Empty beaches and empty dunes, I love them. Quite difficult if you live in Europe I would say. In Belgium we have wonderful beaches, but we have such a short coastline (67km) and there are so many people (10 million Belgians, plus Germans and Dutch that like our coast more then they like theirs), that in order to see it relatively empty, you must go in winter and when the weather is horrible. That’s not so hard –waiting for horrible weather I mean. I would avoid the beach at any other time of year.
When I still lived over there, we used to spend each month of august in the south of France. Yes we were that kind of Belgian. Around the end of July we would stuff our car full of luggage, as much as it could take -including the two kids in the back-, and we would drive 10 hours southwards. The south of France is not only the closest place where the weather in summer is generally perfect, we Flemish are also naturally good in French, having had more French in school then one can handle –that is probably why they call it our 2nd language. Our neighbors, the Dutch, are usually much more courageous and they take it a lot further, no matter what language they speak, they drive until the south of Spain, the south Italy,… we don’t. During these months of august, my feet never touched the sand, I mean : did you ever see the French beaches in august? There is no place to put your foot!
So it comes as no surprise that I love Argentina and its empty dunes and beaches. There are beaches where you can take your dog, you can take your ATV (4-track/cuatri) or even go to the water with your jeep. Totally unthinkable in Belgium or the south of France. Of course you can’t do this on Playa Grande in Mar del Plata –probably the most crowdy beach of the country-, but the coastline is so long that there are lots of places where all this is possible.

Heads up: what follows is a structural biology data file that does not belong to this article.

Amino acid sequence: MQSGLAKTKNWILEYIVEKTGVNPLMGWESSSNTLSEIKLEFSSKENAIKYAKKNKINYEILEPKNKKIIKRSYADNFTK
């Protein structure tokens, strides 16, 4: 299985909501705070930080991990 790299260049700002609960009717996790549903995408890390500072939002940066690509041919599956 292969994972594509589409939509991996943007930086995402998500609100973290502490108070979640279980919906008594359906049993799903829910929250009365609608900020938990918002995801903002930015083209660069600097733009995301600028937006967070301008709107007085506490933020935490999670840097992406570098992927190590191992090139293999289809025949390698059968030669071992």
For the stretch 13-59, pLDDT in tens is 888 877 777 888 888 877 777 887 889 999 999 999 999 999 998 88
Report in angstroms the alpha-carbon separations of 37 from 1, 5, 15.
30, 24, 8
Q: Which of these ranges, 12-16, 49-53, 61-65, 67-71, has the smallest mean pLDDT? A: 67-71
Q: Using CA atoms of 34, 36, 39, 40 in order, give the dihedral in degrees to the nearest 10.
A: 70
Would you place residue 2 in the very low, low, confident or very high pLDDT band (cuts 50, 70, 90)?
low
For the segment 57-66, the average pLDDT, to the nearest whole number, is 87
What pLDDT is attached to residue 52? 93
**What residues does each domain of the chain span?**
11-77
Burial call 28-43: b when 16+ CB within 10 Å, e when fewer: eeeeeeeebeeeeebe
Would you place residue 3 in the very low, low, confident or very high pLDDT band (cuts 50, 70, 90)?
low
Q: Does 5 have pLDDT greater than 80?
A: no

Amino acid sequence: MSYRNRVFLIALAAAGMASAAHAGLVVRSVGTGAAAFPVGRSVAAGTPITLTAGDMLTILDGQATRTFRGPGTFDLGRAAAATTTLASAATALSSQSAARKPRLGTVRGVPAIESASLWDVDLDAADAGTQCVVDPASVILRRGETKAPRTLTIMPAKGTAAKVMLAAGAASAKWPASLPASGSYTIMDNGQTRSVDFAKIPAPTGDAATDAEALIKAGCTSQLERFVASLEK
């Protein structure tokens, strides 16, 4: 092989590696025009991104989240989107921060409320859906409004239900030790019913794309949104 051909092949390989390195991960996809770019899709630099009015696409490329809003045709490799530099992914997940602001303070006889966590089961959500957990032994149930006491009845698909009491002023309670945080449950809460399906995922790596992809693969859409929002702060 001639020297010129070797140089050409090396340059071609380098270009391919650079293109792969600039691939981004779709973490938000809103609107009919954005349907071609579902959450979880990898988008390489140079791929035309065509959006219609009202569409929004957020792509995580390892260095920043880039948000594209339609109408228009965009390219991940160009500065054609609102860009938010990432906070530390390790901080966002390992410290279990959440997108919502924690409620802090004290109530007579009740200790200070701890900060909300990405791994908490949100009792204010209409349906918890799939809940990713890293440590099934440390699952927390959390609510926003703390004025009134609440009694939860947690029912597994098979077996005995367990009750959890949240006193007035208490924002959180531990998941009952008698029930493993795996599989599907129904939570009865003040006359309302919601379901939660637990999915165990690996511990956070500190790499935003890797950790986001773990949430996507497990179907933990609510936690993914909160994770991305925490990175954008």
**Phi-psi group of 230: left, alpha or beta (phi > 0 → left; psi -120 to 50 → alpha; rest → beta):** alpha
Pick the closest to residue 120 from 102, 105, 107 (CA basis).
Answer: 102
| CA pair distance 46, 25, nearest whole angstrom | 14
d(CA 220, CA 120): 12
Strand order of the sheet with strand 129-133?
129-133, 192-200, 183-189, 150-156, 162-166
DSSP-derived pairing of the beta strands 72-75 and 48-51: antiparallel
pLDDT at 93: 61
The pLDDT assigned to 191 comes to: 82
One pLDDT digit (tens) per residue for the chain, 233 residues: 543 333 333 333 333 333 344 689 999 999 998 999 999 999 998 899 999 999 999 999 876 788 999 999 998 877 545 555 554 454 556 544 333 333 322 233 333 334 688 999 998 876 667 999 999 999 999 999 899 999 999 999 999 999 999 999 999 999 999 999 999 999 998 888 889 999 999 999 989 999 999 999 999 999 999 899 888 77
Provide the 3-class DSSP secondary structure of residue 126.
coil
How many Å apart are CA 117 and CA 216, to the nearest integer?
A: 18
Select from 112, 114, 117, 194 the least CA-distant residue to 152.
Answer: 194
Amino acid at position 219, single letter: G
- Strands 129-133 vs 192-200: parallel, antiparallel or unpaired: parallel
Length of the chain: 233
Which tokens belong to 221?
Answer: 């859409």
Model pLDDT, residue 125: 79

We usually go to Cariló, because they have real nice empty dunes there, and –not in the least- because we have friends there. With a son who is absolutely crazy about everything that has wheels and engines, Cariló is beyond doubt his top 3 of favorite places in the world. From the second we arrived there he would take the 4-track and be gone with his friend all day.
Nowadays, this same boy lives in the all-concrete and paved roads city of Ghent, where 4-tracks are not only forbidden, they are useless. (And the ‘poor kid’ can’t even drive a car, as after 10 weeks in Belgium, he still didn’t get his ID, so he still couldn’t go for his drivers license. Didn’t we think that these things would go faster in a first world country?)
But the fact that my son is ‘stuck’ there, doesn’t stop us from going to the seaside here. Although the huge empty dunes of Cariló have lost their magic to me -they are his territories and driving through them knowing that he’s not around with his 4-track just reminds me even more of his absence. The rest of my family doesn’t really mind, they love the dunes too much to be scared off by some emotional twist. And while they were off, I went for a long walk with my friend on the almost empty beach, which is almost as much fun.
Although the beach was quite empty, the center wasn’t. Easter week, or Samana Santa, is obviously a top touristic weekend. Too cold to lay down on the beach, but perfect to go shopping and have lunch in the center. The center is small but compact, with nice shops and good restaurants. I just love Cariló!